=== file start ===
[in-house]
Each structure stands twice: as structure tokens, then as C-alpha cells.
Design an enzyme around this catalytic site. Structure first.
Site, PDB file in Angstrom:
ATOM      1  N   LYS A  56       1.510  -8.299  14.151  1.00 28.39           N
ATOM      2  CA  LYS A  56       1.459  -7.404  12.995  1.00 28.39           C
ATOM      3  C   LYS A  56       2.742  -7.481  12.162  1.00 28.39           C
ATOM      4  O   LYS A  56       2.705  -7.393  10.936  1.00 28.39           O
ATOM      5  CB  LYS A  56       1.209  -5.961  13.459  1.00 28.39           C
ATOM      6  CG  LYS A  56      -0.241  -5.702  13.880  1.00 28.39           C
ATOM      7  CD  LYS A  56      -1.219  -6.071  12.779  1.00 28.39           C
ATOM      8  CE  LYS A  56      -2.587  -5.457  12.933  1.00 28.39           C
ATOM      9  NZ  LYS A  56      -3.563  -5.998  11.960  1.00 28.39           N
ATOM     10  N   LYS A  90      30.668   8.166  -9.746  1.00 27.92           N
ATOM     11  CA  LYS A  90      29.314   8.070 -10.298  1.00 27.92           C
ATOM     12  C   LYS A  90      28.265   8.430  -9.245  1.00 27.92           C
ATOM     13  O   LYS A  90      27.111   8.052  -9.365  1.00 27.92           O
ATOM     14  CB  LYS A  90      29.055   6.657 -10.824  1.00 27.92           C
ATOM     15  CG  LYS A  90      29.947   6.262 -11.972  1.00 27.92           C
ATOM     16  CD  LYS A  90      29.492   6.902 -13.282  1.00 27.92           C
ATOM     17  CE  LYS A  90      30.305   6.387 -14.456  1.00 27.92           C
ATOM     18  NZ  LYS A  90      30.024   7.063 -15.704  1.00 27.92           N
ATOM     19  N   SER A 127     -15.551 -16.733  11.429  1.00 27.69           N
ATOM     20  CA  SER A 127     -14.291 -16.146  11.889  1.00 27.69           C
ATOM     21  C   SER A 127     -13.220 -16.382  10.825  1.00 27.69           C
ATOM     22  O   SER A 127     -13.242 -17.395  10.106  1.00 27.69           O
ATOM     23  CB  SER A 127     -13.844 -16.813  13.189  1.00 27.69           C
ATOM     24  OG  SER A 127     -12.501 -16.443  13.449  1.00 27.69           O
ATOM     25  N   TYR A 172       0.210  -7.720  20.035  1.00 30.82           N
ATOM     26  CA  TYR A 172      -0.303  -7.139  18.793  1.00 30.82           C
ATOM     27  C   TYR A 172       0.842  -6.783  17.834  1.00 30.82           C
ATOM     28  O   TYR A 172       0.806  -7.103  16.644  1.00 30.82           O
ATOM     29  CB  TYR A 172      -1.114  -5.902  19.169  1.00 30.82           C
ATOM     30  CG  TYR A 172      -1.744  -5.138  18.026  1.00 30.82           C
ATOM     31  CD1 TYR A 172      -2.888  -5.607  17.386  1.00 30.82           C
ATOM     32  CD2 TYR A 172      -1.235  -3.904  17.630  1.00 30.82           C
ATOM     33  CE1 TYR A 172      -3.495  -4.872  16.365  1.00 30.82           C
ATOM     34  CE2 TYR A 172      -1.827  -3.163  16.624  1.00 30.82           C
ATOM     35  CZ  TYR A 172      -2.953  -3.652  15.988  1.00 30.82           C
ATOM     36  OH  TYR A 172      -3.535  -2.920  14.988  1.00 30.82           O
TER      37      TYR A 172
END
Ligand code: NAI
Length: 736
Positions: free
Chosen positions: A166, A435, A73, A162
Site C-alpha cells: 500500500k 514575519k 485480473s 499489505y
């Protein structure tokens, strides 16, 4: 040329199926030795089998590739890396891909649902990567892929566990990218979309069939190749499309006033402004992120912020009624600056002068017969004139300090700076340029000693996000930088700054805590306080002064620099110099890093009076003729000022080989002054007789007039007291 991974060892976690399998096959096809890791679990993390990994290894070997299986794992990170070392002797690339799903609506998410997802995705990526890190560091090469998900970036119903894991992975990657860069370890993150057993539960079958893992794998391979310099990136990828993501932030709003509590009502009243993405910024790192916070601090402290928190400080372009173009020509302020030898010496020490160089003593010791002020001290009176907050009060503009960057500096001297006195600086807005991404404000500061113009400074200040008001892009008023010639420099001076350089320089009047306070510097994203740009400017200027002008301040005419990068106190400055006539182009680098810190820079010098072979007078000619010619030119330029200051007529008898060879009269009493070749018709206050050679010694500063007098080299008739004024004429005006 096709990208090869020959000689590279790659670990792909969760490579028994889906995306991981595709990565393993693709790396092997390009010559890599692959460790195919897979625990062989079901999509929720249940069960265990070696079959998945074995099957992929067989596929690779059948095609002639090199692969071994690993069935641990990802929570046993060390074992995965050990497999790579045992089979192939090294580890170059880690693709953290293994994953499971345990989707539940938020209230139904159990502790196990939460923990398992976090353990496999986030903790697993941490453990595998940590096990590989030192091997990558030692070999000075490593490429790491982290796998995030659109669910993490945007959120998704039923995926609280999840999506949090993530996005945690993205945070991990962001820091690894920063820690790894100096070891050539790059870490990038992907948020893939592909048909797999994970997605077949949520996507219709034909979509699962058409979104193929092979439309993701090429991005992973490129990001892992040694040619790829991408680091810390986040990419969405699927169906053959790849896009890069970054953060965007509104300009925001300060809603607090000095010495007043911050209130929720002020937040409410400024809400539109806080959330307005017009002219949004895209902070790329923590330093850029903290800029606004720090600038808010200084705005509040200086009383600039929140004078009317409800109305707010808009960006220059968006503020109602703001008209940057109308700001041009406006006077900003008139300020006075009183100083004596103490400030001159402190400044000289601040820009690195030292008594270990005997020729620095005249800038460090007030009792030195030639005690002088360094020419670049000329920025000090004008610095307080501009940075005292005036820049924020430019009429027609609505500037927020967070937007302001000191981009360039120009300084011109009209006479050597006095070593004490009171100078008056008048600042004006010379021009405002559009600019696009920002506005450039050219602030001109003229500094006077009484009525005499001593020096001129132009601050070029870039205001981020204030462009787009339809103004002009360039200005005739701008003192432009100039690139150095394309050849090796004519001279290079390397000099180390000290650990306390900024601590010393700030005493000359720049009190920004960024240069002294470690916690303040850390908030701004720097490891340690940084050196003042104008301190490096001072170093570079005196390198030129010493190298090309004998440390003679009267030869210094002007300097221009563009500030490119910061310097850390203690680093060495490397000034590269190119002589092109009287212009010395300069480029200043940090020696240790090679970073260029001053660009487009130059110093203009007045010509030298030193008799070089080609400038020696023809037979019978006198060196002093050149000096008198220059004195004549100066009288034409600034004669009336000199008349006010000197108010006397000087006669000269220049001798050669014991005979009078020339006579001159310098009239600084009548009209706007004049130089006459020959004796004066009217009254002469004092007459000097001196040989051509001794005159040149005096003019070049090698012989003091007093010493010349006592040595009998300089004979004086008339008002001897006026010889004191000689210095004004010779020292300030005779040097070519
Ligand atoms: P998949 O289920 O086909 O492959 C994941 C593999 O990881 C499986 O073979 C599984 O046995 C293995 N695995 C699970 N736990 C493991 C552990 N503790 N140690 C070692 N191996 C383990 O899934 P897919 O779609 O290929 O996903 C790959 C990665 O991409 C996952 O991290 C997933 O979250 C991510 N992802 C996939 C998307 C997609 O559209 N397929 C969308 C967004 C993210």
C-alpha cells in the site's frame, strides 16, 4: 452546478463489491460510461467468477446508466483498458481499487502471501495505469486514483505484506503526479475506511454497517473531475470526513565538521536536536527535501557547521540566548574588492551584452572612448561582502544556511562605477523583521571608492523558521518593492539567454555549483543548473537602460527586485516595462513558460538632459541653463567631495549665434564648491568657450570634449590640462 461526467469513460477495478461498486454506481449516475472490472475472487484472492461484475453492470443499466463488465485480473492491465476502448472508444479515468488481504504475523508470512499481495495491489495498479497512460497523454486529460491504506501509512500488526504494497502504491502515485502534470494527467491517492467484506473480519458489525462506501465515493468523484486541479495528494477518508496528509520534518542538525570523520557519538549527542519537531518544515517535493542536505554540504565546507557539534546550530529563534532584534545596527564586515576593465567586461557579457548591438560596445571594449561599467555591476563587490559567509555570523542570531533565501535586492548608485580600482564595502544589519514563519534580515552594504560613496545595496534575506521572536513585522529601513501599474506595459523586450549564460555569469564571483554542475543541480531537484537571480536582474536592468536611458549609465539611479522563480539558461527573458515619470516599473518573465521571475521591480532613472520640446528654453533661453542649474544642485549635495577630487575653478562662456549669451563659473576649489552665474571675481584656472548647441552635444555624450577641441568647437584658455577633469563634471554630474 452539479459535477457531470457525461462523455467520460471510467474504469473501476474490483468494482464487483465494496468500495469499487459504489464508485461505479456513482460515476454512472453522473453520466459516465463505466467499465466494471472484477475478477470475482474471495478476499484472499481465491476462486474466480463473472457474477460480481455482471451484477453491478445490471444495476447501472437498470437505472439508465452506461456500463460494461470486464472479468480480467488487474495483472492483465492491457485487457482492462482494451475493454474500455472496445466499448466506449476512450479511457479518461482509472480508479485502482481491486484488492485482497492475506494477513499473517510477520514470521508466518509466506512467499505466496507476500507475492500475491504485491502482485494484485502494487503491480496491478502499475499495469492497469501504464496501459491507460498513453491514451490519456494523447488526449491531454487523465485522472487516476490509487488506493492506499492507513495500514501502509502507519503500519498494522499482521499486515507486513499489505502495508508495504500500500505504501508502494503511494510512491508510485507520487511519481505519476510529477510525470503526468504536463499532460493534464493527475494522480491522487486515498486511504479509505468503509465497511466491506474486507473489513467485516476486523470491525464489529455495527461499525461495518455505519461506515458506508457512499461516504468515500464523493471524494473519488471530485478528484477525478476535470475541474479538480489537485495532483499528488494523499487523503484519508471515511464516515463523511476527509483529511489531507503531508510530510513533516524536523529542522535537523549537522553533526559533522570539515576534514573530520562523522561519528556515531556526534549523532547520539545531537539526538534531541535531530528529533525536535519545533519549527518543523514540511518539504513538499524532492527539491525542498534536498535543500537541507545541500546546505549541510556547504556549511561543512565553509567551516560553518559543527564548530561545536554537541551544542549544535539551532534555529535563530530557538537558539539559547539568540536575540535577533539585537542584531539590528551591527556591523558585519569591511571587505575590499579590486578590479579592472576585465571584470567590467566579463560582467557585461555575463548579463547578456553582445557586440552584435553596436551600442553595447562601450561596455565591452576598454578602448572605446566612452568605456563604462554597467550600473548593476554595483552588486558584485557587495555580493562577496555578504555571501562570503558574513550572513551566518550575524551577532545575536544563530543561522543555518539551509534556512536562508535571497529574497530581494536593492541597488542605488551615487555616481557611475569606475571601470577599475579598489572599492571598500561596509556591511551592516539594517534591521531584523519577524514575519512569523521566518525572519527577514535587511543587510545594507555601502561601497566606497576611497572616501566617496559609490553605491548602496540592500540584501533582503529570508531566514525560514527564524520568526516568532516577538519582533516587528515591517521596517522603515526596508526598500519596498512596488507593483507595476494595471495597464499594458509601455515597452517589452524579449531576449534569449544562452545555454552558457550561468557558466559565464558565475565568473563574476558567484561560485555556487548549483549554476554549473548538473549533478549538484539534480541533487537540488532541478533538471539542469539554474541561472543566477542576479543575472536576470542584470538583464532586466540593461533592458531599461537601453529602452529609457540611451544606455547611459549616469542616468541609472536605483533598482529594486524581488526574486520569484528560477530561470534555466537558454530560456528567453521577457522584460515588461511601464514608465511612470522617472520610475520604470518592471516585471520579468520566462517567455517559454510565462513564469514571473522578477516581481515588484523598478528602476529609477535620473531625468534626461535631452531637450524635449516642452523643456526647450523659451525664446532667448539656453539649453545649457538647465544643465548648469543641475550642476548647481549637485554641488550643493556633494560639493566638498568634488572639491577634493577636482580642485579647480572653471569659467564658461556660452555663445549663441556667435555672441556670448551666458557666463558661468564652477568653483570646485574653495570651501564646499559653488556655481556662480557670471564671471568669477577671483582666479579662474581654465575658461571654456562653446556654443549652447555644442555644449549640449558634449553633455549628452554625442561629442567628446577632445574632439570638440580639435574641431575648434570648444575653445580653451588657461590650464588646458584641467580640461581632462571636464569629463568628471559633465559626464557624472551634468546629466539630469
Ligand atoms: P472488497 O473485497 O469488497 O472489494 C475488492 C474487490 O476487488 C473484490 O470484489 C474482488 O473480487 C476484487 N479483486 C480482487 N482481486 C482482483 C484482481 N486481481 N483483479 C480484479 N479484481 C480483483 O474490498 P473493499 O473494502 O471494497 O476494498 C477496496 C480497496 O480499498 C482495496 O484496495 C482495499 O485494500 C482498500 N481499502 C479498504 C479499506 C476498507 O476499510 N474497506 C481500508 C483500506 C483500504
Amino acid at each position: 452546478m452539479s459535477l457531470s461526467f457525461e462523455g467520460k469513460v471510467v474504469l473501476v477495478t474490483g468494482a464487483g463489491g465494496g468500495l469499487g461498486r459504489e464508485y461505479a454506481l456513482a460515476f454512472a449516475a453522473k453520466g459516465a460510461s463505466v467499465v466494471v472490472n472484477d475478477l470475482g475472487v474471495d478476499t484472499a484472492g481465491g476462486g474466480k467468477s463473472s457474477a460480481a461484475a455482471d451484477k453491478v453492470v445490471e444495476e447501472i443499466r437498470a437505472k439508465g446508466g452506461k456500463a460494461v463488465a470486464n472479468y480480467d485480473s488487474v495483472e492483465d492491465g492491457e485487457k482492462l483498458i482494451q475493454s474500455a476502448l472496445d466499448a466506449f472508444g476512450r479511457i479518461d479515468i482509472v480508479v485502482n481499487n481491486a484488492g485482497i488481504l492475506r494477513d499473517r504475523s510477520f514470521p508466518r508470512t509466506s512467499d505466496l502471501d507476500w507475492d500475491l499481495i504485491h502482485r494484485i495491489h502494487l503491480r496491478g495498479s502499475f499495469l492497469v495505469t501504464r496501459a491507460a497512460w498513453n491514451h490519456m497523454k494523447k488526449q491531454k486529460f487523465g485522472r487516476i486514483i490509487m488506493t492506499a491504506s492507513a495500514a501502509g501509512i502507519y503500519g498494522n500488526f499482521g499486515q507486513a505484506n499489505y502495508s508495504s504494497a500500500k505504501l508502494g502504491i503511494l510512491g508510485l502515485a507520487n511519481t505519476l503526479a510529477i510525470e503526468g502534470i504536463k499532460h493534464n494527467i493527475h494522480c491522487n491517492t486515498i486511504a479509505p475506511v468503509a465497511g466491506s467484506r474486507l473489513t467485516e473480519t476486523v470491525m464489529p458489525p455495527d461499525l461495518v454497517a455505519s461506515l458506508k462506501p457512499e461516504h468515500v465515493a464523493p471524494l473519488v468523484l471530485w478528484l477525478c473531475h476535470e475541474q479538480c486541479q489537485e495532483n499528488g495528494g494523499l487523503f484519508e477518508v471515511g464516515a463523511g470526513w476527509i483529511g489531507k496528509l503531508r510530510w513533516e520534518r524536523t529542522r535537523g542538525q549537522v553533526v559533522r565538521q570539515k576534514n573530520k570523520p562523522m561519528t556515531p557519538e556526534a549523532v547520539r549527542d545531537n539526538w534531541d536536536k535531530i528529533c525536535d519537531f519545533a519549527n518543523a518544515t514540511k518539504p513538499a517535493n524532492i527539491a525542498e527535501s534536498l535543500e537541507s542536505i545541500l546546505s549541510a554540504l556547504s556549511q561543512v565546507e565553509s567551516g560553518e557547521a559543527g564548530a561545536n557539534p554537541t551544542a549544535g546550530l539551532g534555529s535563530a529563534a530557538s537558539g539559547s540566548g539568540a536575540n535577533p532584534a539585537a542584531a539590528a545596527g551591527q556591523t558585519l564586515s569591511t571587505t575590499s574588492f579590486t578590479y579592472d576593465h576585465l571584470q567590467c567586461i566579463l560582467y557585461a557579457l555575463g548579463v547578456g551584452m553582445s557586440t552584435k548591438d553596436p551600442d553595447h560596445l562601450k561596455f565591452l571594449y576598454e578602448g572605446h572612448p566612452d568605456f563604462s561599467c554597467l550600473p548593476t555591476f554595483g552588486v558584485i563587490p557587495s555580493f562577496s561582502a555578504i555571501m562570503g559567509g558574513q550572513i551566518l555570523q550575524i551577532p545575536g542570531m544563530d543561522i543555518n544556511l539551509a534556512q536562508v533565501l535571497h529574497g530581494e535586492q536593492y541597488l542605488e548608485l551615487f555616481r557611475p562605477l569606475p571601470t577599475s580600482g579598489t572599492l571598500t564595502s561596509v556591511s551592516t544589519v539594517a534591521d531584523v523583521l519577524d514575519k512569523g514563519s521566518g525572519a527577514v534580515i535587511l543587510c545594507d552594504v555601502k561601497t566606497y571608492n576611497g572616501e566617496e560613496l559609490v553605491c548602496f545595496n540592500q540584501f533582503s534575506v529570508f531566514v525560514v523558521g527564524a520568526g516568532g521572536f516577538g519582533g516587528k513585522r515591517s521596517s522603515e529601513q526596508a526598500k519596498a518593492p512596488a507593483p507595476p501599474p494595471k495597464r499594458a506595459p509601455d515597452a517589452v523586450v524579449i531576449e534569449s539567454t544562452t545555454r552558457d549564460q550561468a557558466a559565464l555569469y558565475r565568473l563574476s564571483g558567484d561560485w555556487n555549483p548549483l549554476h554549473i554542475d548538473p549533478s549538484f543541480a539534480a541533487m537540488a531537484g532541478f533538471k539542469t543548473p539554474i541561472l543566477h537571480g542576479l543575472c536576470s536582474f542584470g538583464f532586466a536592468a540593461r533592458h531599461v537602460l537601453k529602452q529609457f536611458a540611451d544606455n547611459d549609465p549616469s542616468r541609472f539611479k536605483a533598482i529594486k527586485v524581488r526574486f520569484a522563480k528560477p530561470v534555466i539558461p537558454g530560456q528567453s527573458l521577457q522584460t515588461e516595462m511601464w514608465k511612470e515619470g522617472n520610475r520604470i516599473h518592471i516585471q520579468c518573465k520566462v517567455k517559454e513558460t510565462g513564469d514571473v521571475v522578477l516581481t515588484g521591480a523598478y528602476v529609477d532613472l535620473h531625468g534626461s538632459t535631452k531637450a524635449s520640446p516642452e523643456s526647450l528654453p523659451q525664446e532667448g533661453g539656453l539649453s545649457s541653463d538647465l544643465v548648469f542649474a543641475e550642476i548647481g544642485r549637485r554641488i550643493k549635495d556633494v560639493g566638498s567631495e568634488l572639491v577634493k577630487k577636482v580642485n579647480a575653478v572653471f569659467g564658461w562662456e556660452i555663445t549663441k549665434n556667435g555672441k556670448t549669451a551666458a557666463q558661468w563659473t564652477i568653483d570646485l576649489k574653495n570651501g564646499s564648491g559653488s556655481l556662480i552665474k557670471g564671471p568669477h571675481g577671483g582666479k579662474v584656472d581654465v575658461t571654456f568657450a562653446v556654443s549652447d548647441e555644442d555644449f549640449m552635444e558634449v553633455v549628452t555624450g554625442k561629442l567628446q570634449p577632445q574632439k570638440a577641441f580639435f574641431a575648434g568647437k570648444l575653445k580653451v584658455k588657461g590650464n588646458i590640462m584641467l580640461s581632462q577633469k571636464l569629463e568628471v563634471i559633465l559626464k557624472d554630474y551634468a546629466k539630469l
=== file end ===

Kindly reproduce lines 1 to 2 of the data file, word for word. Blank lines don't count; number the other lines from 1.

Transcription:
[in-house]
Each structure stands twice: as structure tokens, then as C-alpha cells.